In Counts Six and Seven, Wallace asserts common-law negligence and wantonness claims, and asserts that SunTrust negligently and wantonly "handled, serviced and processed payment, fees and all aspects of [her] Mortgage loan." (Doc. 1-1 ¶¶ 35, 39). For each claim, Wallace requests compensatory damages, including mental anguish and economic injury. (Id., at ¶¶ 36, 40).
Wallace's claims fail as a matter of law. Recent federal precedent interpreting Alabama law has uniformly found that no cause of action for negligent or wanton servicing of a mortgage account exists under Alabama law, at least in the absence of personal injury or property damage (neither of which are alleged by Plaintiff). See, e.g., Blake v. Bank of America, N.A., 845 F.Supp.2d 1206, 1210-11 (M.D.Ala. 2012) ("Alabama law does not recognize a cause of action for negligent or wanton mortgage servicing"); Webb v. Ocwen Loan Servicing, LLC, 2012 U.S. Dist. LEXIS 167079, 2012 WL 5906729, *7 (S.D.Ala. Nov. 26, 2012) ("under Alabama law a cause of action for negligent servicing of a mortgage against Ocwen cannot be maintained where the damages are economic, i.e., lost commissions"); Forester v. Bank of America, N.A., 2012 U.S. Dist. LEXIS 111346, 2012 WL 3206471, *5 (S.D.Ala. Aug. 7, 2012) ("Under Alabama law, an agent, like BAC, could only incur tort liability while servicing a mortgage by causing personal injury or property damage as a result of a breach of the duty of
While Wallace alleges that SunTrust's negligence and wantonness has caused mental anguish, she has failed to assert any facts suggesting that she has suffered physical injury or experienced an immediate risk of physical injury on account of SunTrust's conduct such that it could be liable for the torts of negligence or wantonness. See Brown v. First Federal Bank, 95 So.3d 803, 818 (Ala.Civ.App. 2012) ("Damages for mental anguish are not recoverable for negligence except where the plaintiff has suffered a physical injury as a result of the negligent conduct or was placed in an immediate risk of physical injury by that conduct."). Accordingly, Defendants' motion to dismiss Wallace's negligence and wantonness claims is due to be
H. Slander of Title Claim (VIII).
Count Eight of Wallace's complaint contains a state law claim for slander of title. The elements of slander of title under Alabama law are:
Merchants Nat. Bank of Mobile v. Steiner, 404 So.2d 14, 21 (Ala.1981) (citing Womack v. McDonald, 219 Ala. 75, 121 So. 57, 59 (1929)).
Wallace's allegations related to her slander of title claim are as follows:
(Doc. 1-1 at 10, ¶¶ 41-43). Defendants contend that these allegations fail to allege facts satisfying the elements of slander of title. Specifically, SunTrust argues that Wallace has not alleged publication of false information because she has admitted that she fell behind on her mortgage payments. (Doc. 11 at 27). Wallace, in response, asserts that "SunTrust had no right to publish information stating that the property belonged to them when the Plaintiff was not in breach of the mortgage or forbearance agreement." (Doc. 21-1 at 4). Here again, Wallace's complaint is not the model of clarity. The complaint fails to set forth to whom such information was published. Additionally, as noted with respect to her wrongful foreclosure claim, Wallace has not alleged that SunTrust acted for an improper purpose, let alone that SunTrust acted with malice. The act of the defendant "against which a slander-oftitle action is taken must have been false and malicious when it was performed." Folmar v. Empire Fire & Marine Ins. Co., 856 So.2d 807, 809 (Ala.2003). Because Wallace has failed to state a cognizable claim for slander of title, Defendants' motion to dismiss this claim is due to be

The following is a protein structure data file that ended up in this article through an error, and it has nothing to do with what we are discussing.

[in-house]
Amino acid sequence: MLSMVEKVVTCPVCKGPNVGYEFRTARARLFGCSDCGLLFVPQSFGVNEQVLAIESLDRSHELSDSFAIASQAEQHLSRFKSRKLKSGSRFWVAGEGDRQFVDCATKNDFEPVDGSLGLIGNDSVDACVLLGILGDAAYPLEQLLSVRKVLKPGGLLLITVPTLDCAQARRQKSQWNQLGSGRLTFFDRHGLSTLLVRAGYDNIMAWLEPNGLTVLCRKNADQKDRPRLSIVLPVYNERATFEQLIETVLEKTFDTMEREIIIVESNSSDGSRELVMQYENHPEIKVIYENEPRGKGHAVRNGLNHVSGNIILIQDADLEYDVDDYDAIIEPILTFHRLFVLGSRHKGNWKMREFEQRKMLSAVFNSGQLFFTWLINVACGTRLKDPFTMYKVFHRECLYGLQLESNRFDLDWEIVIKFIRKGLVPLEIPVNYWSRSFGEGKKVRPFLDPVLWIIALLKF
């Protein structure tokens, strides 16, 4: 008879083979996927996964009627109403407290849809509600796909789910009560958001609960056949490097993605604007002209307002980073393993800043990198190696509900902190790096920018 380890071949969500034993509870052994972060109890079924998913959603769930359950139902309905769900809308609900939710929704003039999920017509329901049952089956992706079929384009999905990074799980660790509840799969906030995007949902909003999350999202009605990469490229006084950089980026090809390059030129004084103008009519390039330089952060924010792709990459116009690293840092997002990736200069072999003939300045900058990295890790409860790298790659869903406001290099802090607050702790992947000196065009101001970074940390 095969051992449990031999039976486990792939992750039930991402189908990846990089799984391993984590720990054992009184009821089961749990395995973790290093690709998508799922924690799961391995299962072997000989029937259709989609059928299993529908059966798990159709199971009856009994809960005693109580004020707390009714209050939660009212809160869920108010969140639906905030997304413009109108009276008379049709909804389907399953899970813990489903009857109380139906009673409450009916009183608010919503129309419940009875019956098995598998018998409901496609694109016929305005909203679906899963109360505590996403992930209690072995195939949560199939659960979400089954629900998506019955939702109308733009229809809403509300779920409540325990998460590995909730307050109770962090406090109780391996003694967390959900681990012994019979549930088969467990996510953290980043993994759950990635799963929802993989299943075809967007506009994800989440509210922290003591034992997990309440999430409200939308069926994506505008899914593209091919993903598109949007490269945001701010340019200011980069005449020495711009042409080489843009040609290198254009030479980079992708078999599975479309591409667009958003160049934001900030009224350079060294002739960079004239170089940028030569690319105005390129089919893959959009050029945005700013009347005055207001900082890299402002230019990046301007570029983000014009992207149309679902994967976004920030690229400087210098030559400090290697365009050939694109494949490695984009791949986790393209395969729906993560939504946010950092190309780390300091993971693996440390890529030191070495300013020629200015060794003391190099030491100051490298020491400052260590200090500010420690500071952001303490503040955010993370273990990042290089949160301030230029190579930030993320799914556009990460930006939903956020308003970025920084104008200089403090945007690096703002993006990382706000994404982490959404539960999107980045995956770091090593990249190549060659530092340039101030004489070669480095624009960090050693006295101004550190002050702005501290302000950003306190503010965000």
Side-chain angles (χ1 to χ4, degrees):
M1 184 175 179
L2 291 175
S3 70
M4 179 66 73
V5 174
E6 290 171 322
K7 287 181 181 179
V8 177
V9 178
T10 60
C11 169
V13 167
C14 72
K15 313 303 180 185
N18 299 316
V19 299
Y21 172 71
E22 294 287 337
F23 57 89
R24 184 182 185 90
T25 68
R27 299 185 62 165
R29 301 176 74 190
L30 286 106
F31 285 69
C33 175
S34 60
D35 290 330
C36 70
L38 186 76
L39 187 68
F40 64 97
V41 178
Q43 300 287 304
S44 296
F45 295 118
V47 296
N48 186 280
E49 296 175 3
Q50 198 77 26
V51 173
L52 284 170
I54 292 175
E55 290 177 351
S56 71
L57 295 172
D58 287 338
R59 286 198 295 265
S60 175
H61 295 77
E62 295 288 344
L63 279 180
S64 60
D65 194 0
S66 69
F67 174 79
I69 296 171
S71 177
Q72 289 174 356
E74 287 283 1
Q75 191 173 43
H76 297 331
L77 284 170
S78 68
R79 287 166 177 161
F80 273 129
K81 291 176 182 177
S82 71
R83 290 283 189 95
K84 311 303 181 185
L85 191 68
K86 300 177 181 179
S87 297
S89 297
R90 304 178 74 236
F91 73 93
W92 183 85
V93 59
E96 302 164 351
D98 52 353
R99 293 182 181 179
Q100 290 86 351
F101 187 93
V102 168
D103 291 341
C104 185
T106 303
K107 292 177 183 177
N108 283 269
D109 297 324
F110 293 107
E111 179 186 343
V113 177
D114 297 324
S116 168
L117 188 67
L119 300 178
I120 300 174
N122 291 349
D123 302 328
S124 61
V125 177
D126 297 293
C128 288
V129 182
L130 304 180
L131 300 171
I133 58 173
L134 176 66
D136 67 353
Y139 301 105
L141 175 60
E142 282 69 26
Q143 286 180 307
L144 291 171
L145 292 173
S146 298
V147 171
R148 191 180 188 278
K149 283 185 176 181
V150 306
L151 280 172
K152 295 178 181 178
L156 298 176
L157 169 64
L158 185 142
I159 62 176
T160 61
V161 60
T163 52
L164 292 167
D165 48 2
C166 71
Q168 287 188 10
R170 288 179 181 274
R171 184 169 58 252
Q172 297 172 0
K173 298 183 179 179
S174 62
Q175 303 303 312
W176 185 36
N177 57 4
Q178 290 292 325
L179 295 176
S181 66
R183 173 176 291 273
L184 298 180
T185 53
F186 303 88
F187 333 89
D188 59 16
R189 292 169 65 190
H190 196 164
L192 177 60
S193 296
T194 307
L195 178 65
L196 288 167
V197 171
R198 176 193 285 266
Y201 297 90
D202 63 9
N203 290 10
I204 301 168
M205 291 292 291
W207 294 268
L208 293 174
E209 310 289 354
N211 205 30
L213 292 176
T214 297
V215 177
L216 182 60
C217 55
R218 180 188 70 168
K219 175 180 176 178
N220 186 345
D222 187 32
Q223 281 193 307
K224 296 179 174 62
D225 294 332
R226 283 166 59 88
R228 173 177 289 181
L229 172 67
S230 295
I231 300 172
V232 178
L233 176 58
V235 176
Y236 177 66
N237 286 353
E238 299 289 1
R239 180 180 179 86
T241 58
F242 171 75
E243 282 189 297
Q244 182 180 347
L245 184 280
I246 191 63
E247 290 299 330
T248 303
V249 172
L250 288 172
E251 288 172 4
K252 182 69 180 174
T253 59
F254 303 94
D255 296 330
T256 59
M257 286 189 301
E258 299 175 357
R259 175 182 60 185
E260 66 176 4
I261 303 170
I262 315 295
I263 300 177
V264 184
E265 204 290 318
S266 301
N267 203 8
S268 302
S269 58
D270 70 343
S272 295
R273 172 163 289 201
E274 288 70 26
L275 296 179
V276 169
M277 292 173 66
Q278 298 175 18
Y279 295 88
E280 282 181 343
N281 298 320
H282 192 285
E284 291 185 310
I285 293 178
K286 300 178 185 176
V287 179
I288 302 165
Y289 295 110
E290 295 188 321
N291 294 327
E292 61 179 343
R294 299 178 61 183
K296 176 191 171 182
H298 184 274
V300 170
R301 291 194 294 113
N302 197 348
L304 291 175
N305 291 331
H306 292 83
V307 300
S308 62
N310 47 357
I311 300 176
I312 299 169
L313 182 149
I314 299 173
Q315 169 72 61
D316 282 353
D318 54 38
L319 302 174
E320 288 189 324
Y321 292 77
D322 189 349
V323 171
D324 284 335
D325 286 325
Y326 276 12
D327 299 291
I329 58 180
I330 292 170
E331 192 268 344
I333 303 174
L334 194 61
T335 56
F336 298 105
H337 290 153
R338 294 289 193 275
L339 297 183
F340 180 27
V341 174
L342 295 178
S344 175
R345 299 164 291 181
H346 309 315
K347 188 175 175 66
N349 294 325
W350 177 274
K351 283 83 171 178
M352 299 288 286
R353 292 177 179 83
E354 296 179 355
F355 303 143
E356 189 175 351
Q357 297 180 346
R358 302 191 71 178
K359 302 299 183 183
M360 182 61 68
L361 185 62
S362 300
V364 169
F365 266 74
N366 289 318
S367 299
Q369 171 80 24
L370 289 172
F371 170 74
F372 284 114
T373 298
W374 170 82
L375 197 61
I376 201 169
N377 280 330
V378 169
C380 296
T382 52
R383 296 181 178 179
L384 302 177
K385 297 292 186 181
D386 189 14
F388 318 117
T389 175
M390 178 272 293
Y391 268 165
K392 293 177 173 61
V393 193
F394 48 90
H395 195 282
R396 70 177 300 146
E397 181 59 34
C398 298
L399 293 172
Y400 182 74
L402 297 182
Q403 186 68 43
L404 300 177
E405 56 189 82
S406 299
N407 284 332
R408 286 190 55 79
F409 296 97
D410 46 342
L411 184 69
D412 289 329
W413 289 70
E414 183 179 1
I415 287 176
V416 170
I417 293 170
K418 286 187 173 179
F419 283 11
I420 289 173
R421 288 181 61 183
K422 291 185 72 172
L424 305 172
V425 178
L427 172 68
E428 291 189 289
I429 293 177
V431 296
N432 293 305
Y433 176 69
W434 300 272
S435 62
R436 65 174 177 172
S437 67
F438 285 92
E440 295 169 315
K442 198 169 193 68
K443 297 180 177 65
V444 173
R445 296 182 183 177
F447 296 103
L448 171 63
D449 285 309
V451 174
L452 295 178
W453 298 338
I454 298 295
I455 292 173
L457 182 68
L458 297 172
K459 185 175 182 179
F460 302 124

I. Transfer of Title Claim (IX).
Wallace's final claim is entitled "Transfer of Title" and is asserted against Defendant Fannie Mae. Wallace requests that the title to her property be conveyed back to her. As best the Court can discern, Wallace's "Transfer of Title" claim is based on her theory that if she was able to prevail on her wrongful foreclosure claim, then she would be entitled to recover the title to her property. See Cooper v. Fannie Mae, 96 So.3d 102, 104 (Ala.Civ.App. 2011) (finding that if a claimant were able to prove that a foreclosure sale was wrongful she could set aside the foreclosure sale). However, in light of the undersigned's finding that Wallace has failed to state a cognizable claim for wrongful foreclosure, her "Transfer of Title" claim must fail. Accordingly, Defendants' Motion to Dismiss this claim is due to be
Based on the foregoing, the undersigned RECOMMENDS, for the reasons stated herein, that Defendants' motion be
Notice of Right to File Objections
A copy of this report and recommendation shall be served on all parties in the manner provided by law. Any party who objects to this recommendation or anything in it must, within fourteen (14) days of the date of service of this document, file specific written objections with the Clerk of this Court. See 28 U.S.C. § 636(b)(1); Fed.R.Civ.P. 72(b); S.D. ALA. L.R. 72.4. In order to be specific, an objection must identify the specific finding or recommendation to which objection is made, state the basis for the objection, and specify the place in the Magistrate Judge's report and